The rainforest patches of Northern Queensland, Australia are known as the oldest forests on the planet. The remaining rainforest outside the town of Cairns ( the gateway to The Great Barrier Reef ) escaped the freeze from the planet’s most recent ice age, allowing the oldest trees on earth to simply just bare it. Between the desertification of Australia as a continent, and the growing human population and pollution of course, this dreamy region known as The Wet Tropics, also listed as a World Heritage Site, is battling development and agriculture, while its inhabitants such as the Flying Fox, are being harassed.
The Flying foxes are possibly the rainforests’ most significant pollinators, who are instinctively attracted to the luscious fruit plantations grown for human consumption. Every evening at dawn, the massive colony set off on their nightly “walkabout” to do what they are put on this planet to do, feast on the fruits of this specific wet little world to insure its future. And every morning, less and less arrive to rest and care for their young inside the caves during the day. Generations of flying foxes are being electrocuted. With every zap, the forests’ heartbeat slows.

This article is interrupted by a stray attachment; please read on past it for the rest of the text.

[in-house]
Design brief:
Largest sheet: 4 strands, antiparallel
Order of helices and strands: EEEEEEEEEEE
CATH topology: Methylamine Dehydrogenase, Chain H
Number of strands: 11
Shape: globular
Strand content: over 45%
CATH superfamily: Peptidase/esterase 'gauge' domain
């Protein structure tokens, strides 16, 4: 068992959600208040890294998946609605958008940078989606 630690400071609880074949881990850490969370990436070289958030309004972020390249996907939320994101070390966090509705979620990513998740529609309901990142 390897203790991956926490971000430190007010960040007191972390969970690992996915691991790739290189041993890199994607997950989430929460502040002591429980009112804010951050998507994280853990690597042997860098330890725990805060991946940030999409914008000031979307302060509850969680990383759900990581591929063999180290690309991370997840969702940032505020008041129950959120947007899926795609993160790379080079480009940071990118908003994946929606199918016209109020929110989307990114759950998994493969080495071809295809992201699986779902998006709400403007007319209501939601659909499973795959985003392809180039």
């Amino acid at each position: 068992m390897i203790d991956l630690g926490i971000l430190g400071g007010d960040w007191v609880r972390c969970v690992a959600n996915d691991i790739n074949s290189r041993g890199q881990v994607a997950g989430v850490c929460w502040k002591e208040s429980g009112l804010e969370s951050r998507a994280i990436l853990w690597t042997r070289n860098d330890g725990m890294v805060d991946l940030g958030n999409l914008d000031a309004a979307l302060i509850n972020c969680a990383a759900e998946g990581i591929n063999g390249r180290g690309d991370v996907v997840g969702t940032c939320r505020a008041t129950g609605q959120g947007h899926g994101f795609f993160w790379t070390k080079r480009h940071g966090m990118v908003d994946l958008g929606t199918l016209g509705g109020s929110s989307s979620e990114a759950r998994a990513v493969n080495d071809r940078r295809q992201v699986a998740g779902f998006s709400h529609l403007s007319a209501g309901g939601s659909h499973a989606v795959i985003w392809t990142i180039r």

I studied Environmental Science at James Cook University in Cairns, and worked as a zookeeper in Mareeba for 2 years. In between the 2 towns lives the Wet Tropics mountain range. It is a special place on this planet not only because it was my home for a while, but because it is also home to many endemic species ( species found no where else on earth ). Cut off by the surrounding dryness of the continent with the closest other rainforest on the Island of New Guinea, roughly 600 miles away. Since the animals here live off of the fruits born into only a wet world, they are unable to relocate as their habitat shrinks and family and friends disappear.
I am fortunate enough to have been a part of the efforts to save this Ecosystem by helping rehabilitate the orphaned or injured flying foxes, so my heroes have more time to fight and preserve the habitat from developers, and work with regional farmers to develop new ways to protect their crops.
The never-ending battle between right and wrong.
Flying Fox Rehab. Atherton Tablelands, Australia